Lincoln, on paper, is unquestionably one of the year’s most promising contenders. Just think about its source material (the most celebrated book by one of the most venerated living historians, adapted for the screen by one of the most venerated living playwrights), subject matter (a drama about one of the most influential politicians and some of the most consequential events in history), director (a legendary two-time best director Oscar winner), below-the-line talent (Spielberg’s unequaled regulars) and onscreen talent (which collectively accounts for 12 Oscar nominations and five Oscar wins)! But, while it might seem helpful to be labeled the presumptive “frontrunner,” history has shown that it really isn’t, since it raises expectations so high, for so long, that they become almost impossible to meet. This is something that Spielberg himself has experienced, as a director and/or producer, several times in recent years — with Amistad (1997), The Terminal (2004), Munich (2005), Memoirs of a Geisha (2005), The Lovely Bones (2009) and, most recently, War Horse (2011) — which is, at least in part, why DreamWorks has been relatively quiet about the film thus far. Whether or not the film wins best picture, it’s very hard to imagine it not being nominated for it, and even harder to imagine Day-Lewis not being nominated for best actor. (Some are already quibbling about a Brit playing an iconic American, but they shouldn’t forget who American Meryl Streep played en route to winning her third Oscar, or the fact that Day-Lewis has literally never been bad.) What will be most interesting, in a way, will be to see which members of the huge ensemble, if any, score supporting noms. I’ve heard that Field (as Lincoln’s wife Mary) and Jones (as a powerful Pennsylvania congressman) will be in the mix, and based on my reading of the book, suspect that Strathairn will as well for his performance as William Seward, Lincoln’s presidential rival-turned Secretary of State-turned confidante-turned fellow assassination target.
The Avengers has a lot going for it. It not only was very entertaining and made a fortune at the box office, but also features a ton of respected actors from across the spectrum (age, race, gender, experience, etc.), and, as we’ve seen time and again over the years, films with large casts of this sort benefit from their actors having a lot of friends who are voters. Still, I think it’s ultimately unlikely that the film will crack into the best picture race, since the Academy is still dominated by older folks who, by and large, dismiss summer popcorn movies as unworthy of such an honor. Even if such a film is somehow able to crack into the category this year, I would put my money on it being the culmination of another franchise, The Dark Knight Rises, which comes from a more widely revered director and series of films (although the Academy has not deemed it fit to recognize either in the past with best picture or best director noms).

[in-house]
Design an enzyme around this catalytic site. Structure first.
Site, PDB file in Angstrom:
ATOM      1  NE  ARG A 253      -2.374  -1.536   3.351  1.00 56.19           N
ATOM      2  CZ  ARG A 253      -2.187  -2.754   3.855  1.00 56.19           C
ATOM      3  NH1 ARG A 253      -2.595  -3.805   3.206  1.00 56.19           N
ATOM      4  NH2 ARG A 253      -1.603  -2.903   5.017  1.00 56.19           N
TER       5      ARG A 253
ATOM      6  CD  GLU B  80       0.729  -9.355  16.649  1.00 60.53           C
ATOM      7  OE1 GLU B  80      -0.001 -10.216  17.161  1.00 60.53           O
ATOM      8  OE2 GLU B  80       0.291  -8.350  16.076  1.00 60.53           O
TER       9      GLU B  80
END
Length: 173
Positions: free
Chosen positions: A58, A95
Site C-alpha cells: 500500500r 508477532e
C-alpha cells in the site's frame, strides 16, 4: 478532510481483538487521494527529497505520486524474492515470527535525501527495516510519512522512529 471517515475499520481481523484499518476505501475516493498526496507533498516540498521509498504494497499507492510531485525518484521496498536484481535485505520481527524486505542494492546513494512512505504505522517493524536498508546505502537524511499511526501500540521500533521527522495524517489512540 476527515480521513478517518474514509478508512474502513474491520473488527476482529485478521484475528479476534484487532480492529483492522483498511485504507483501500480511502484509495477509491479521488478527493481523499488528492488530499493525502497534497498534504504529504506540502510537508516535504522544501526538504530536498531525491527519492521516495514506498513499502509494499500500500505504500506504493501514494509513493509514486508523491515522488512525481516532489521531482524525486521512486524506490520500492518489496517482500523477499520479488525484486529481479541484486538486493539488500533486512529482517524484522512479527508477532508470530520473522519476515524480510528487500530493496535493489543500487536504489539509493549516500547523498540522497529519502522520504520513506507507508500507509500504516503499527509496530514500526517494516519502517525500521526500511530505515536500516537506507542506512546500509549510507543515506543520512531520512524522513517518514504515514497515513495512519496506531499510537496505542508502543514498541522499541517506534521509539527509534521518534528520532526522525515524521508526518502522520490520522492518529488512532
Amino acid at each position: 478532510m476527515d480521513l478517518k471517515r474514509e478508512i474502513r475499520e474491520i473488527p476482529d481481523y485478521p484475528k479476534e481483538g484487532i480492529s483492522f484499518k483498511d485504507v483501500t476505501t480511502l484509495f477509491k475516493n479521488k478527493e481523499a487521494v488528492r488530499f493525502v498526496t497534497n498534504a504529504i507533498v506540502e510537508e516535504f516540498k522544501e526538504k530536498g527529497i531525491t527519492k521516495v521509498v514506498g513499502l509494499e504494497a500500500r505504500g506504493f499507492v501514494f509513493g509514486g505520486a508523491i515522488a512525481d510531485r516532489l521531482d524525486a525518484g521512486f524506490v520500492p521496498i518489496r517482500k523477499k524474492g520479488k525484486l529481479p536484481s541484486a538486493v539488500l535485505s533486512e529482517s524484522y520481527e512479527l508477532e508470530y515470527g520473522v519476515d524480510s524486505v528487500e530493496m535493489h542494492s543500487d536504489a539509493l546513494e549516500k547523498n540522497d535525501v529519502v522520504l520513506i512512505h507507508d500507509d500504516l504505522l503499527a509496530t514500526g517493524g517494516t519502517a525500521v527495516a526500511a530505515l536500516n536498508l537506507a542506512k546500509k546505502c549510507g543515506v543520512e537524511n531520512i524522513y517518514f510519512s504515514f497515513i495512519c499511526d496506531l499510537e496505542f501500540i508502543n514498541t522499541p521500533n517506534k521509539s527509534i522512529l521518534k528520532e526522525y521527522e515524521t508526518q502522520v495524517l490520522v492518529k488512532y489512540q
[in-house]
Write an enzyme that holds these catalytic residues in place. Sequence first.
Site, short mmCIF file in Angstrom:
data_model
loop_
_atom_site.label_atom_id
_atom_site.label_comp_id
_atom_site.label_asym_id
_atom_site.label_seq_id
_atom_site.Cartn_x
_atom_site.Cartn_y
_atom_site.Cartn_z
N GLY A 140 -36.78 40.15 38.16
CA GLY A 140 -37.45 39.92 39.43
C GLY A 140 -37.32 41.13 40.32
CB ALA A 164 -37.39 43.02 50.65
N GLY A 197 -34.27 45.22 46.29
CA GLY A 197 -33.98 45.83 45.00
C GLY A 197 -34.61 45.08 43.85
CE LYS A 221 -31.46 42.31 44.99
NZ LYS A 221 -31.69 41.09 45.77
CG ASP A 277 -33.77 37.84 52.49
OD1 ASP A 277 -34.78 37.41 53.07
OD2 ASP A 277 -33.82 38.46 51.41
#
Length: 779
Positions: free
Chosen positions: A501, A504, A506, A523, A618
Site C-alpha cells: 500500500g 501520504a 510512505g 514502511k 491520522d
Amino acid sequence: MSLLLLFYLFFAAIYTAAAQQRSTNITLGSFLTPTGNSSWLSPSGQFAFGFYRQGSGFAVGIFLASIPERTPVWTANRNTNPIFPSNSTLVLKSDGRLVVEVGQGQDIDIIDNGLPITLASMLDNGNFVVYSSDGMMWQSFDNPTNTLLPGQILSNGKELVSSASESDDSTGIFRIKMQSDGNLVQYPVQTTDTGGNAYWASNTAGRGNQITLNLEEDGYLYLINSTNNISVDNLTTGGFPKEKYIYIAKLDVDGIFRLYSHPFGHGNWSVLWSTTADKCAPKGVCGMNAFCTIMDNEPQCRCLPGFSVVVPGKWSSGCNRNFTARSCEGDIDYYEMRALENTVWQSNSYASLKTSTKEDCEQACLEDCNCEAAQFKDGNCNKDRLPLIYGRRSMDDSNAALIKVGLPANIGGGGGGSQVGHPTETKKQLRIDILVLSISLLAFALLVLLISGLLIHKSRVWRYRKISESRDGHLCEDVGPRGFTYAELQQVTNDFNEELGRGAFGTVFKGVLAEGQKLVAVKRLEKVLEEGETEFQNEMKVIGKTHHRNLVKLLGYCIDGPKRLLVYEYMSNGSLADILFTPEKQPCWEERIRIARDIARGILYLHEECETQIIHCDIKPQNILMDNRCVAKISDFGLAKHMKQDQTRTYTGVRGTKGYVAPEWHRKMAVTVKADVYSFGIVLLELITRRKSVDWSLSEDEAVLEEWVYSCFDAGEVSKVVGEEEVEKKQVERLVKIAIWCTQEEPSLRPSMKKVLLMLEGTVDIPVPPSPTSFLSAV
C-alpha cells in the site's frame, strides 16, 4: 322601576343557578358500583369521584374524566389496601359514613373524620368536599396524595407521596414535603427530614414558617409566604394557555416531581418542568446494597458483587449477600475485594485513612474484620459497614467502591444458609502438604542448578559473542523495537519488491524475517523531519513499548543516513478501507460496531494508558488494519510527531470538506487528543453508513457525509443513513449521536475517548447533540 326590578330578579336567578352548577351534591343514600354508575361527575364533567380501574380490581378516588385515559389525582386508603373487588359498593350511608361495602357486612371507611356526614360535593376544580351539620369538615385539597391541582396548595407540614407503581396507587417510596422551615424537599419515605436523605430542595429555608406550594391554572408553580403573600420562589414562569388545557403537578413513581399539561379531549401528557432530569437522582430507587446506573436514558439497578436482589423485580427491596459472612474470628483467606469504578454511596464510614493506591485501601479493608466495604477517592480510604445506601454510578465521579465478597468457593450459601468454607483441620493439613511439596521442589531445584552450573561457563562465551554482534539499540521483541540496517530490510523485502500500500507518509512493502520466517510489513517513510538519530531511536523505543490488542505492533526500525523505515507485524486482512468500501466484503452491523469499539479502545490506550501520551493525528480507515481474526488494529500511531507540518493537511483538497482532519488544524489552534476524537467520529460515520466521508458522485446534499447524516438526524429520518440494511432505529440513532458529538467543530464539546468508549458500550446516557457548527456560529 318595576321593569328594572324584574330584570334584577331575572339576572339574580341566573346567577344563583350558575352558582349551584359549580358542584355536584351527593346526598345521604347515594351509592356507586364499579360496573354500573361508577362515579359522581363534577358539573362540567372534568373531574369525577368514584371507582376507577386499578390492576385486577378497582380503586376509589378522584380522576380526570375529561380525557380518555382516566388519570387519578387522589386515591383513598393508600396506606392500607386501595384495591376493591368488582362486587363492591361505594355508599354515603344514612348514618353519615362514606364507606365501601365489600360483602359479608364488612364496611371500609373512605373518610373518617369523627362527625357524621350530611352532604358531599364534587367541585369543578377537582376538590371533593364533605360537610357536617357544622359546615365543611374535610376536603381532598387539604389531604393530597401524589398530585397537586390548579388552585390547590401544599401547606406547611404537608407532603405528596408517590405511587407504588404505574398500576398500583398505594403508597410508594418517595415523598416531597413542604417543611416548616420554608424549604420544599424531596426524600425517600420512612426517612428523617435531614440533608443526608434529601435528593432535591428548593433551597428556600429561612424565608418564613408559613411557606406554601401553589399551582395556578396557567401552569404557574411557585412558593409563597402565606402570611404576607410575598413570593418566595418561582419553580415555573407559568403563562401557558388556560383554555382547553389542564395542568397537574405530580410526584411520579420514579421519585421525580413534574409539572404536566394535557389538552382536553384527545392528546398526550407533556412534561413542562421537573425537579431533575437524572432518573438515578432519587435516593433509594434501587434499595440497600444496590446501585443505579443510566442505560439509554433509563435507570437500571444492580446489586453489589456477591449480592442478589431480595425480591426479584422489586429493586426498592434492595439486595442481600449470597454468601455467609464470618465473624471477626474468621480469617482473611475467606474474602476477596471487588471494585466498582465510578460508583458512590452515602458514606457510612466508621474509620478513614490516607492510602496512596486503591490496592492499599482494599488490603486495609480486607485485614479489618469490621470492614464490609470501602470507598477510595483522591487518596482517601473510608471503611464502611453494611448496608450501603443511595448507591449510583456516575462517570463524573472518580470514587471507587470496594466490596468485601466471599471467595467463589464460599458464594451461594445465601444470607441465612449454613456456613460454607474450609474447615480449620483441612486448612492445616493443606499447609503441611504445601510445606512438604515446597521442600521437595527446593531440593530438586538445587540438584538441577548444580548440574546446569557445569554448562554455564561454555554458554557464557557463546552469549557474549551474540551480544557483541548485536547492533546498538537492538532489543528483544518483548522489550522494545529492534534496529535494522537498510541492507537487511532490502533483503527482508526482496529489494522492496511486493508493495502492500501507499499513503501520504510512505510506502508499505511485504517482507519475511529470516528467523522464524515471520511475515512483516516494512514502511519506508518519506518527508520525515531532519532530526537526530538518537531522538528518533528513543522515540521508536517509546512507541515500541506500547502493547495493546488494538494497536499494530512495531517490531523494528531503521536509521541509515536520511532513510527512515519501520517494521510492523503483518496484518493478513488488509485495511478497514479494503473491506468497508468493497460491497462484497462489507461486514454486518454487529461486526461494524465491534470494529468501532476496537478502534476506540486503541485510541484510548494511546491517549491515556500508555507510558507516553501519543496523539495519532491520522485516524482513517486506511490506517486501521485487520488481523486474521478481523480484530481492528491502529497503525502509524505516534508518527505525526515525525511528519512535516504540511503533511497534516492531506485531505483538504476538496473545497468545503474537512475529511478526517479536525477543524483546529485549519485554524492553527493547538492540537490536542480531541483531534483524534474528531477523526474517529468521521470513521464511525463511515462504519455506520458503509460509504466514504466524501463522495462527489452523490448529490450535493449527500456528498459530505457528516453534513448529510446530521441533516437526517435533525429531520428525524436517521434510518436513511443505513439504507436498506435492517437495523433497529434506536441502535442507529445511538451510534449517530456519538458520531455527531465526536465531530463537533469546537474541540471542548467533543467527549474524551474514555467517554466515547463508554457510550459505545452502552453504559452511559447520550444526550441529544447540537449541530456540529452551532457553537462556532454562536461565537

It’s too early to make much of a guess about the prospects of the three animated films. Brave is the best-made and most entertaining animated film released so far this year, but its competition has been minimal, and a horde of animated films have yet to be seen. For Pixar, the good news is that the number of animated releases will almost certainly trigger the category to expand to five slots, but the bad news is that there could very well be five other films that go over better — quite possibly including one or both of the two from Disney. Burton has shown up in the category before, scoring a nom seven years ago for Corpse Bride (2005), of which Frankenweenie reminds me quite a lot. And, frankly, Wreck-It-Ralph looks even better than Frankenweenie. So only time will tell.
Meanwhile, People Like Us and The Odd Life of Timothy Green will both face uphill climbs due to their early release dates and lack of scale/gravitas — they’re basically entertaining, escapist films — but the studio has expressed some hope that People‘s Banks might contend for a best supporting actress nom, even if that has to be considered a long shot.